Define the culture and language. What do the inhabitants of this universe believe in? Is there religion? Is there a God? Do they have any sacred customs? Breathe life into the characters by giving them a meaningful existence. How do the inhabitants communicate? Do you need to create a language system?
List the rules and laws. The inhabitants or this world have their own independent existence. Who is in charge? Why? Do they use magic in this world? If so, who can use it, and how powerful is it?
Describe the physical environment. What’s the weather like? Establishing the environment and how it impacts the life within it can be a useful detail in the creation of your world. (The big picture, your environment, time and place)
Identify the history. What is the history of this place you’ve created? Have there been any world wars? Do the countries within your world have enemies? Are there rival races? Is there a sole antagonist? Providing the backstory for your world can give it an added dimension and make it feel more tangible.
Hot Tip – Read existing works to inspire. Revisit the works of successful authors to get inspiration. Never steal ideas but read widely. The work of other fiction writers especially those in your chosen genre will show how they answer the same worldbuilding questions within their own worlds.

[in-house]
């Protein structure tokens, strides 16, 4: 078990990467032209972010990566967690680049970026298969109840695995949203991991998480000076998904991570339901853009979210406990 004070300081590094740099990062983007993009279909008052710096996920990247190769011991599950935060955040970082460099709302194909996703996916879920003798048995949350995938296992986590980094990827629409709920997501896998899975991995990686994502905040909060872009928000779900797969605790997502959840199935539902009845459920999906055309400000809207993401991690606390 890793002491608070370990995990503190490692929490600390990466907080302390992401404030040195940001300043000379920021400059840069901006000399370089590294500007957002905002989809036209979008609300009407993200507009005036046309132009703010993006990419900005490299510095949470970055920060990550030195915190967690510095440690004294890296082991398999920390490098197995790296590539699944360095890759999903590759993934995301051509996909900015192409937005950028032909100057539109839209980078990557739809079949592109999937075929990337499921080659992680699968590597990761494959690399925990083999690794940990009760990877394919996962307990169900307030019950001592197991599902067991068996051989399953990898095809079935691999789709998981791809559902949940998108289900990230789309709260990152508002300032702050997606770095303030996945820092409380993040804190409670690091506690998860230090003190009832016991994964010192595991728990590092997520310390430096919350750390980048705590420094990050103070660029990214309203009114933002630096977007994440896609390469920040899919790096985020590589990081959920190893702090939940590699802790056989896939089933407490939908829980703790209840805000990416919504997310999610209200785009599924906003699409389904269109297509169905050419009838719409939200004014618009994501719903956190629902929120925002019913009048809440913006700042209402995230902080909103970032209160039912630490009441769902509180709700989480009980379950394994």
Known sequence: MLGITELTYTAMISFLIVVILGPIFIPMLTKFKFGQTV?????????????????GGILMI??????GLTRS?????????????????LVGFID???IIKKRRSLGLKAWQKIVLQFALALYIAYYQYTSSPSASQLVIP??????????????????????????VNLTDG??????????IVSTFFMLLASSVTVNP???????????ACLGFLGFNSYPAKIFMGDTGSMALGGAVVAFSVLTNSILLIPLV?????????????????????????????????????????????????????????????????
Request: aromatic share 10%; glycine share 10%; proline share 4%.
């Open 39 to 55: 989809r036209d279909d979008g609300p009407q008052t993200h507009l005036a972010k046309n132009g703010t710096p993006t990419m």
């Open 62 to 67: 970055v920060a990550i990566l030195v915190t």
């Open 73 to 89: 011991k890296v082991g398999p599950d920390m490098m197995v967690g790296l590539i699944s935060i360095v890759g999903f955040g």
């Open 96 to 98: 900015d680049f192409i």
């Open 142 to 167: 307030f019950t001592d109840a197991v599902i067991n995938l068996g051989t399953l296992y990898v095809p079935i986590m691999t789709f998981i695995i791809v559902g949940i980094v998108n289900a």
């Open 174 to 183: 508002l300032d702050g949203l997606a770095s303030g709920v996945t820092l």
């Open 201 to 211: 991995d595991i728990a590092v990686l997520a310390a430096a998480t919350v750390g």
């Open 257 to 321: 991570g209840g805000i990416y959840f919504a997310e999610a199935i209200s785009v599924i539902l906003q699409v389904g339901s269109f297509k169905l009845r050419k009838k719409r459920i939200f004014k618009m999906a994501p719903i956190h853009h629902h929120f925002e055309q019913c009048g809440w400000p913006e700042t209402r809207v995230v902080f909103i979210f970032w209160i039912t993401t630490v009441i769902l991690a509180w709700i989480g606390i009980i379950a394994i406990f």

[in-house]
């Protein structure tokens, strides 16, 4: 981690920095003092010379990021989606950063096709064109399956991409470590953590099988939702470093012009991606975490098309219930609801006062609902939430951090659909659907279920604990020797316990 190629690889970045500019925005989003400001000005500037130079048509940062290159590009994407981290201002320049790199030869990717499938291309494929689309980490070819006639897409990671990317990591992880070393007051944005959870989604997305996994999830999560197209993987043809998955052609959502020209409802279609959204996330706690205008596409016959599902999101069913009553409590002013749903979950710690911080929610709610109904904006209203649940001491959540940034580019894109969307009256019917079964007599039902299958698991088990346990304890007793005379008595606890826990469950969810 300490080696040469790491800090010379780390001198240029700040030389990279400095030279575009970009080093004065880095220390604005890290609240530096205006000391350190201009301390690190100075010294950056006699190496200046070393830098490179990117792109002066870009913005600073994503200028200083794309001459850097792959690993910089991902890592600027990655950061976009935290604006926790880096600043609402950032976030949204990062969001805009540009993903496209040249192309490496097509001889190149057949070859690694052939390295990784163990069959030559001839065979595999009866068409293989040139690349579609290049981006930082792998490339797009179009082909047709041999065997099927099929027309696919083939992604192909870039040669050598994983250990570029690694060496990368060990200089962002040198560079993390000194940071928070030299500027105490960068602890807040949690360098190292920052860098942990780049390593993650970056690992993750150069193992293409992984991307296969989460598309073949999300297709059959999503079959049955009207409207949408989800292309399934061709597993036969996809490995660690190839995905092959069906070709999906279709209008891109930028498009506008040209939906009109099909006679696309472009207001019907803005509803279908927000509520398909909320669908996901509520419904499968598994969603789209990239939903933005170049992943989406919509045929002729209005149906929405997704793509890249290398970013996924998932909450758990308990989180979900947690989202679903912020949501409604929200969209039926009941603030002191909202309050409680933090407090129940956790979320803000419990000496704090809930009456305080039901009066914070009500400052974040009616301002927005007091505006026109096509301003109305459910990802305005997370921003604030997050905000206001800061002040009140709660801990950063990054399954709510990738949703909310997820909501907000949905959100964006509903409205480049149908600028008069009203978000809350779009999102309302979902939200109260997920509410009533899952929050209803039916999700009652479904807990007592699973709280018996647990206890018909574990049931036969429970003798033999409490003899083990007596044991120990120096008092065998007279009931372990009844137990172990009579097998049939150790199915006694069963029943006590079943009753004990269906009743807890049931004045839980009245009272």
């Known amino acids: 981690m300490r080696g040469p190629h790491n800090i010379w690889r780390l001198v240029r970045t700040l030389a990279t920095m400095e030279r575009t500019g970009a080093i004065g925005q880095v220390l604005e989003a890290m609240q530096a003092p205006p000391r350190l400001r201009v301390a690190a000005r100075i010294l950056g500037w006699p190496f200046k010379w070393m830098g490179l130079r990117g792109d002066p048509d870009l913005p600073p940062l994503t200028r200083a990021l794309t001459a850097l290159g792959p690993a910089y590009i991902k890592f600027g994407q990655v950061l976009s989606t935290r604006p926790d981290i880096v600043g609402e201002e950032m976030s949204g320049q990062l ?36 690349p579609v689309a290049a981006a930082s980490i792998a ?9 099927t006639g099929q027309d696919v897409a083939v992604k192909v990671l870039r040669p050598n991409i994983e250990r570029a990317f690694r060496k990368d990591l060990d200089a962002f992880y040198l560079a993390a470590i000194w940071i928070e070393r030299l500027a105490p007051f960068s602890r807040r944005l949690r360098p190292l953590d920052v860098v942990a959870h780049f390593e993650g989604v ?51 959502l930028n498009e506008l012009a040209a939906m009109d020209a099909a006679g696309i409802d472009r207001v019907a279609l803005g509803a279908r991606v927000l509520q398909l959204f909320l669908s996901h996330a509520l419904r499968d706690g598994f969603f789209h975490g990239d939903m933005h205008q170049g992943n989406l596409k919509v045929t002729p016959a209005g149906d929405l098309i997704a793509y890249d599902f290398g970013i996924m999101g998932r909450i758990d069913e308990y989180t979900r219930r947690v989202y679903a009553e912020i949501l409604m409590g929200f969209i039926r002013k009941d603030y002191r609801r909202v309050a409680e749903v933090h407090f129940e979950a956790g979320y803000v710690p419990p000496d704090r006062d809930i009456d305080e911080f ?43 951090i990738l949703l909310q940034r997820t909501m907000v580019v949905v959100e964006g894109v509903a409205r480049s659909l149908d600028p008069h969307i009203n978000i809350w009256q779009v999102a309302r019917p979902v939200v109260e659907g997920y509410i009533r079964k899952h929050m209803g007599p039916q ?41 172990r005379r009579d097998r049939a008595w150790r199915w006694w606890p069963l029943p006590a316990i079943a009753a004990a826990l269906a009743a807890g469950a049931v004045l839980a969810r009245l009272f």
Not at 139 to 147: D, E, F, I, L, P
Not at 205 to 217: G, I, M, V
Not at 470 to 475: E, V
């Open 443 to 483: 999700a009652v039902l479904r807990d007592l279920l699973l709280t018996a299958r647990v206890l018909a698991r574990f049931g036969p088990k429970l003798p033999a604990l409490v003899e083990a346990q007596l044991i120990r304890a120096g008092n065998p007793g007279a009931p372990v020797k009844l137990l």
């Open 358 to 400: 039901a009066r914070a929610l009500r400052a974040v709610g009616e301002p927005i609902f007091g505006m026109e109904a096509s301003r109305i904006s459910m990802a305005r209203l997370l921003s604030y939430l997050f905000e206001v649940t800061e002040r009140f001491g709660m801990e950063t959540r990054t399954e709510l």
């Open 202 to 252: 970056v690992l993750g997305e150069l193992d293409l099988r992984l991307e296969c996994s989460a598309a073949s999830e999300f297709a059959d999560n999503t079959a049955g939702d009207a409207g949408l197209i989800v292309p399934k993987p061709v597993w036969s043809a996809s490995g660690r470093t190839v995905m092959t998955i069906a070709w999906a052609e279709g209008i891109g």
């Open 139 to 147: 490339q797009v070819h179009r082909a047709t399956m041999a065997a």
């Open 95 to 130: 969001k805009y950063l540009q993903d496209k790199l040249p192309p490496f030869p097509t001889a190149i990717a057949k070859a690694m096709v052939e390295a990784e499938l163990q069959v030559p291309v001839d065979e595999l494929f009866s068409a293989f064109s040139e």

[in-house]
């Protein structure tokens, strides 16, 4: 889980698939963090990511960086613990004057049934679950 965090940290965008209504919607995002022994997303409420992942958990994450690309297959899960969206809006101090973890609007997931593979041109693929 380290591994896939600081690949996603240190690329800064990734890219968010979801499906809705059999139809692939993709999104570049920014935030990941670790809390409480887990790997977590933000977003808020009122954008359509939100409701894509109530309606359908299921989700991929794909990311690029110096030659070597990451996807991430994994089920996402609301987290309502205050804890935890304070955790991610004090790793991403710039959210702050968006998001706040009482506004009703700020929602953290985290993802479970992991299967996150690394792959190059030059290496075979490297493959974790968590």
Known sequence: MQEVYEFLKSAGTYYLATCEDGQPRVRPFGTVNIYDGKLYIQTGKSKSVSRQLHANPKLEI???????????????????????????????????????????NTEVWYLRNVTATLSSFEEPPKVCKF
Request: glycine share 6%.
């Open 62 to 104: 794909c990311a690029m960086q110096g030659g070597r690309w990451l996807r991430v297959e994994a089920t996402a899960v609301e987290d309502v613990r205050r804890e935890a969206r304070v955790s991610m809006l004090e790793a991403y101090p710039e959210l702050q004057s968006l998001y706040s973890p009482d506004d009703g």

Literary agent Felicity Blunt says, “I want a book that feels unique in its setting, where location is a main character rather than a forgotten bit player. A reading experience that accesses all five of my senses and for that reason is truly immersive.”
Every story needs a setting. This can be a real place or time period. It can be completely invented. Or it can be anything in between. Up to a point setting can depend on the genre, but more and more, fiction is pushing the boundaries of what we expect in any given genre.
Neil Gaiman urges writers not to fall in love with “Show don’t Tell.”
He says ‘Be the storyteller! Most people know what a tree looks like; We need to describe what makes that tree memorable or important to our characters. What is that one thing that makes this tree fulfill its role in the story?’
Dr Leanne Dodd, author of both fiction and non-fiction, who will be speaking to us later this year has this to say on world-building.
“A wide range of elements might make up your setting, landscapes, dwellings, social conditions or even individual objects or smaller spaces within these. Use sensory detail. rather than describing a quiet, dark alley, contrast it with the flashing of a torch, the echoing sound of fleeing footsteps, the smell of rotting garbage. Use the senses: sight, smell, touch, taste, sound to evoke a feeling, or presence, about a place that makes it seem real.”
Employing the senses and a balance of showing and telling can bring your story alive for readers.